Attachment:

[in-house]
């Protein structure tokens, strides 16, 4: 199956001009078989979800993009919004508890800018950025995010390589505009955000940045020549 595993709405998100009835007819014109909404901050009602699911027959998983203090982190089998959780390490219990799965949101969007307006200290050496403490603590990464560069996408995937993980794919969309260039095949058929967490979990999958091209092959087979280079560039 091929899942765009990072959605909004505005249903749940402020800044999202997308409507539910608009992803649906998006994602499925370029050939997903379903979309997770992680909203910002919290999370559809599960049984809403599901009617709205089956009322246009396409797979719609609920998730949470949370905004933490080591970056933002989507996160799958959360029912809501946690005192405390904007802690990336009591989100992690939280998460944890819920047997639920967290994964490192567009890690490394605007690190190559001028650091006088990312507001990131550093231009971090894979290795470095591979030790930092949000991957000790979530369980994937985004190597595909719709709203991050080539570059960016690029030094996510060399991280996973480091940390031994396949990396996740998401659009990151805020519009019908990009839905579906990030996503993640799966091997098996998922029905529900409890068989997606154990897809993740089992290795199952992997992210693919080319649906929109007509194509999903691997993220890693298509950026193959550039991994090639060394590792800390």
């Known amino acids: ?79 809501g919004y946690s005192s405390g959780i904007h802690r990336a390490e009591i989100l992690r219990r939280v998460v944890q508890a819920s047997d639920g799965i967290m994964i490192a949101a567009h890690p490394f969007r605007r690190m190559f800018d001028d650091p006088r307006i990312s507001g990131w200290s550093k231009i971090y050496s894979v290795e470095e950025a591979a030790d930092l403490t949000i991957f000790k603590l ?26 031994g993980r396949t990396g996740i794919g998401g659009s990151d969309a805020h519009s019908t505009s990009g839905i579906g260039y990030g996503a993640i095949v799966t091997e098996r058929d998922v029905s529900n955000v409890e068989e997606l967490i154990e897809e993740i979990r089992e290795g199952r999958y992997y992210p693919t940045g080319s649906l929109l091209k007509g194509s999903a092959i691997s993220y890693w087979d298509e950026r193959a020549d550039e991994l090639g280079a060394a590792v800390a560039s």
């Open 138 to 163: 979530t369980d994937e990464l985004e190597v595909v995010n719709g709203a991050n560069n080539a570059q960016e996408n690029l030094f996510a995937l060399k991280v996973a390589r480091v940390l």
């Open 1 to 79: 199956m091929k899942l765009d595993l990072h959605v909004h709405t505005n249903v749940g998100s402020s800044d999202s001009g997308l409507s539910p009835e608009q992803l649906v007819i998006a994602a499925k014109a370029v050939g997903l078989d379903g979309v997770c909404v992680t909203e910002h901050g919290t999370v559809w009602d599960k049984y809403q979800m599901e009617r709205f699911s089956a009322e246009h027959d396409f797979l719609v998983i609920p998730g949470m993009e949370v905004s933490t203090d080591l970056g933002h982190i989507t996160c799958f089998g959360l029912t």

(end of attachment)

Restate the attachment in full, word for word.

[in-house]
């Protein structure tokens, strides 16, 4: 199956001009078989979800993009919004508890800018950025995010390589505009955000940045020549 595993709405998100009835007819014109909404901050009602699911027959998983203090982190089998959780390490219990799965949101969007307006200290050496403490603590990464560069996408995937993980794919969309260039095949058929967490979990999958091209092959087979280079560039 091929899942765009990072959605909004505005249903749940402020800044999202997308409507539910608009992803649906998006994602499925370029050939997903379903979309997770992680909203910002919290999370559809599960049984809403599901009617709205089956009322246009396409797979719609609920998730949470949370905004933490080591970056933002989507996160799958959360029912809501946690005192405390904007802690990336009591989100992690939280998460944890819920047997639920967290994964490192567009890690490394605007690190190559001028650091006088990312507001990131550093231009971090894979290795470095591979030790930092949000991957000790979530369980994937985004190597595909719709709203991050080539570059960016690029030094996510060399991280996973480091940390031994396949990396996740998401659009990151805020519009019908990009839905579906990030996503993640799966091997098996998922029905529900409890068989997606154990897809993740089992290795199952992997992210693919080319649906929109007509194509999903691997993220890693298509950026193959550039991994090639060394590792800390």
């Known amino acids: ?79 809501g919004y946690s005192s405390g959780i904007h802690r990336a390490e009591i989100l992690r219990r939280v998460v944890q508890a819920s047997d639920g799965i967290m994964i490192a949101a567009h890690p490394f969007r605007r690190m190559f800018d001028d650091p006088r307006i990312s507001g990131w200290s550093k231009i971090y050496s894979v290795e470095e950025a591979a030790d930092l403490t949000i991957f000790k603590l ?26 031994g993980r396949t990396g996740i794919g998401g659009s990151d969309a805020h519009s019908t505009s990009g839905i579906g260039y990030g996503a993640i095949v799966t091997e098996r058929d998922v029905s529900n955000v409890e068989e997606l967490i154990e897809e993740i979990r089992e290795g199952r999958y992997y992210p693919t940045g080319s649906l929109l091209k007509g194509s999903a092959i691997s993220y890693w087979d298509e950026r193959a020549d550039e991994l090639g280079a060394a590792v800390a560039s």
């Open 138 to 163: 979530t369980d994937e990464l985004e190597v595909v995010n719709g709203a991050n560069n080539a570059q960016e996408n690029l030094f996510a995937l060399k991280v996973a390589r480091v940390l």
């Open 1 to 79: 199956m091929k899942l765009d595993l990072h959605v909004h709405t505005n249903v749940g998100s402020s800044d999202s001009g997308l409507s539910p009835e608009q992803l649906v007819i998006a994602a499925k014109a370029v050939g997903l078989d379903g979309v997770c909404v992680t909203e910002h901050g919290t999370v559809w009602d599960k049984y809403q979800m599901e009617r709205f699911s089956a009322e246009h027959d396409f797979l719609v998983i609920p998730g949470m993009e949370v905004s933490t203090d080591l970056g933002h982190i989507t996160c799958f089998g959360l029912t």